My work involves XMM-Newton, Chandra, and Swift X-ray and UV spectroscopy and monitoring observations of novae during the SSS phase. The X-ray spectra can be fitted with Blackbody curves, but they are a lot more complex. The high-resolution spectra contain deep absorption lines that are broadened and oftentimes significantly blue-shifted. The Swift monitoring light curves show extremely high degrees of variability, especially during the early SSS phase. The UV and X-ray brightness should be anticorrelated, but this is not always observed.

As a secondary topic I am interested in stellar coronae. The formation and heating of the Solar Corona to 1000 times the photospheric temperature is still an outstanding problem. One approach is to study the coronae around other stars in order to find systematic trends between coronal properties and stellar parameters. High-Resolution X-ray spectra taken with XMM-Newton RGS and Chandra LETGS/HETGS allow measurements of temperatures densities, and elemental abundances.


See my personal homepage at http://januweness.eu/#pers

Main Hobby: Church Organ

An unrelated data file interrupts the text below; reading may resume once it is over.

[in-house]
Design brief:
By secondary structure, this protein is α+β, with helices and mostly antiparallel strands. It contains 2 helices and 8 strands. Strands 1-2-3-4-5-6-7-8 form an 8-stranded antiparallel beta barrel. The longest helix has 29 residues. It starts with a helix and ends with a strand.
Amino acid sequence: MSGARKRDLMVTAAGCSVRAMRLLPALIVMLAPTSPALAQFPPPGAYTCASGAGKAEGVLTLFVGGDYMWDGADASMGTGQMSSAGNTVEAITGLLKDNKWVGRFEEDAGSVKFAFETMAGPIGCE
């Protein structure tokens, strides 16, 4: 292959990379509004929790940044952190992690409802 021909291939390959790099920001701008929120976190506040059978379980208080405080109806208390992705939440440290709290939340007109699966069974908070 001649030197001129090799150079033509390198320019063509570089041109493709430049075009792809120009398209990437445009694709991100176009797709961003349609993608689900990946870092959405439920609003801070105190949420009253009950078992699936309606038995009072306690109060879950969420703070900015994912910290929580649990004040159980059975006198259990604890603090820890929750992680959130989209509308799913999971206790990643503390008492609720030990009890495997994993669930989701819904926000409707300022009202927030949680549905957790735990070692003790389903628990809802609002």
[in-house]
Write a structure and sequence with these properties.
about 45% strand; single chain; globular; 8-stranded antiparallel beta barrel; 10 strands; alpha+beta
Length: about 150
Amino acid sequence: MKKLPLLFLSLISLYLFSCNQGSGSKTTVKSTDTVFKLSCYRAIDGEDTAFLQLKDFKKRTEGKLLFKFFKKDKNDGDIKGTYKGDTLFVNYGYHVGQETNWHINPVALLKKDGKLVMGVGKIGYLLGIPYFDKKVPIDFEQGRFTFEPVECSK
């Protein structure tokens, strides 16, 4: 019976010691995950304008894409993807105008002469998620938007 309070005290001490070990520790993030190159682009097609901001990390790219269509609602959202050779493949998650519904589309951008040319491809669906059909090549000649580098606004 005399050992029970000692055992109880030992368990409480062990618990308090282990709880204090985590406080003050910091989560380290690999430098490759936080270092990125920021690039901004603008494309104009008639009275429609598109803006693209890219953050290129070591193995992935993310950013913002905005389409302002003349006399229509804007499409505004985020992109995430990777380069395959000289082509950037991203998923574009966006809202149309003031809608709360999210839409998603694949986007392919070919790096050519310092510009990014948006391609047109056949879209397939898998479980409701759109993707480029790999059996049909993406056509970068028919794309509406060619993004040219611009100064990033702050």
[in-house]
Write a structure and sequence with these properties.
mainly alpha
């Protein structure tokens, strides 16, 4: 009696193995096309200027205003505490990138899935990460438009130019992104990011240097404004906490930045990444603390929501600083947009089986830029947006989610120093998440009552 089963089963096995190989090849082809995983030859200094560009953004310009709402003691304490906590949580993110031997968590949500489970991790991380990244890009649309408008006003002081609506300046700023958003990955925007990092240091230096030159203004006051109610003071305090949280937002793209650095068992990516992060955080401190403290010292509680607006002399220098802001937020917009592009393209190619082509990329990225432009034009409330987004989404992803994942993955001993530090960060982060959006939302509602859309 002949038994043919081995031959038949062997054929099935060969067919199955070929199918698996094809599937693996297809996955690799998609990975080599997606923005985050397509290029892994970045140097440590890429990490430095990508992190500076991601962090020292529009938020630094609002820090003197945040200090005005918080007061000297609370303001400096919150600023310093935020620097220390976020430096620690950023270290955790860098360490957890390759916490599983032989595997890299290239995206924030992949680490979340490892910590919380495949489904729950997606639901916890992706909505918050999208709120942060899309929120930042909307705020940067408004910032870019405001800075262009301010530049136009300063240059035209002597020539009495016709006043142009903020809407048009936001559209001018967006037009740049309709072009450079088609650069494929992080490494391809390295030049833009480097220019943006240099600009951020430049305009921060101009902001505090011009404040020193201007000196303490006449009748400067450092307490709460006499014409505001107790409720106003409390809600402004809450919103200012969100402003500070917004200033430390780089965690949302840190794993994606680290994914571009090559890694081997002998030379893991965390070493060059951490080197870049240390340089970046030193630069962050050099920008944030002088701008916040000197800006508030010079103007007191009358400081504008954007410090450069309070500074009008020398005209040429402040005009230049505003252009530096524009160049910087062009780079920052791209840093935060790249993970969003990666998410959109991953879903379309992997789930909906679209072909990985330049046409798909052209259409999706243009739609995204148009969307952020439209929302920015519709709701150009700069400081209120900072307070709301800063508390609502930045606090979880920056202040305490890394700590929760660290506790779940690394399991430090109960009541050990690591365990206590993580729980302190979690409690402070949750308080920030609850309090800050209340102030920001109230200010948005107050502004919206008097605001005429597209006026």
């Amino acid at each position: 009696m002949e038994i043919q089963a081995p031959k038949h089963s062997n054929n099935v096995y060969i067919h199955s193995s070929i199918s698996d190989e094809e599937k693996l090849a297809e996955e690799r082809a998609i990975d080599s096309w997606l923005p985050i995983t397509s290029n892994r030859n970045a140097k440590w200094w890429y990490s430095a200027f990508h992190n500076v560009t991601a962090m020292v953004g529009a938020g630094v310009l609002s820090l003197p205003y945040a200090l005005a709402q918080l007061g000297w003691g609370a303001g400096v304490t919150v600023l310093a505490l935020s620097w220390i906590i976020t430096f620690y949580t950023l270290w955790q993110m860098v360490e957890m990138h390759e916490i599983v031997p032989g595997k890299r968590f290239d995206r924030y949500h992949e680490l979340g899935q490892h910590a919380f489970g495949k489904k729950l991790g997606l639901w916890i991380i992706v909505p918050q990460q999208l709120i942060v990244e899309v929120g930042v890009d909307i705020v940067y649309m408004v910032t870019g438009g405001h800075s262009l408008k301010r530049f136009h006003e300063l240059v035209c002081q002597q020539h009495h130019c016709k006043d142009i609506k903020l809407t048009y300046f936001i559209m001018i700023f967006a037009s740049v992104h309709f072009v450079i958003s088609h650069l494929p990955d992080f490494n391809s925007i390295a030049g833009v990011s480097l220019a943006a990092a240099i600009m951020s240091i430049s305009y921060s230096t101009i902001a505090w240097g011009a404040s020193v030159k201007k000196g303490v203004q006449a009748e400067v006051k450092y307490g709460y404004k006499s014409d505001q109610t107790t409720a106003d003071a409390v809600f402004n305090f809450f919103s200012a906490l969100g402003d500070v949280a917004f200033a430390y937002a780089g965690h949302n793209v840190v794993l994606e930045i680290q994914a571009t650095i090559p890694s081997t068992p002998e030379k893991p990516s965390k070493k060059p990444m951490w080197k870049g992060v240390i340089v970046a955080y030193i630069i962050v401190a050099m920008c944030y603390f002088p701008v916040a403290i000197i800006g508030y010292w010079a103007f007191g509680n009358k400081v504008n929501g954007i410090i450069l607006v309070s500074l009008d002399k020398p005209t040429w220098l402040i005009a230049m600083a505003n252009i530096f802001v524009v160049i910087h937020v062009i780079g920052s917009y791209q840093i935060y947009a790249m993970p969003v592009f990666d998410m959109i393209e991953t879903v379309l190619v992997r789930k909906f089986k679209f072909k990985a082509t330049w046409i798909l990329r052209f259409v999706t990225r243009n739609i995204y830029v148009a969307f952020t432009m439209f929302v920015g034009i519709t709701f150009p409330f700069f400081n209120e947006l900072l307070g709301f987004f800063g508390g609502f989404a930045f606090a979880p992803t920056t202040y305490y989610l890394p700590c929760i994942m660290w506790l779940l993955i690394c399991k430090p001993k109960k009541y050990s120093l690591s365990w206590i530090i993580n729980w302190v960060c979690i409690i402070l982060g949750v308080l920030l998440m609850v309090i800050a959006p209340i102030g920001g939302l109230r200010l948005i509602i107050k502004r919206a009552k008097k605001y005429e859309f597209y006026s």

Here my YouTube Channel

Participation at 2021 Fete de la Musique, here the Playlist

Some highlight recordings, for full collection, see Selected Music Recordings

A) Spontaneous improvisations: I just played what came to mind. Getting a totally perfect improvisation is not so easy, as the mind sometimes wanders a bit far away, so some deficiencies will be noted. Giving names to improvisations is difficult, so I just label them with roman numbers. Below I give some comments describing a bit the character.

  • Impro I (2:26): Plenum, with flowing character

B) Concierto a Oña (Baroque Spanish-style Organ from 1766)

  1. Largo by G.F. Haendel (1685-1759)

C) Literature on various organs:

  1. Mattheus-Final, J.S. Bach, Orchestration de Ch. Widor (1844-1937); Played on Great Organ in Magdeburg Cathedral

D) Literature on Viscount Organ at home:

  1. Toccata and Fuge D-minor BWV 565 (J.S. Bach)
  2. Concerto II A minor BWV 593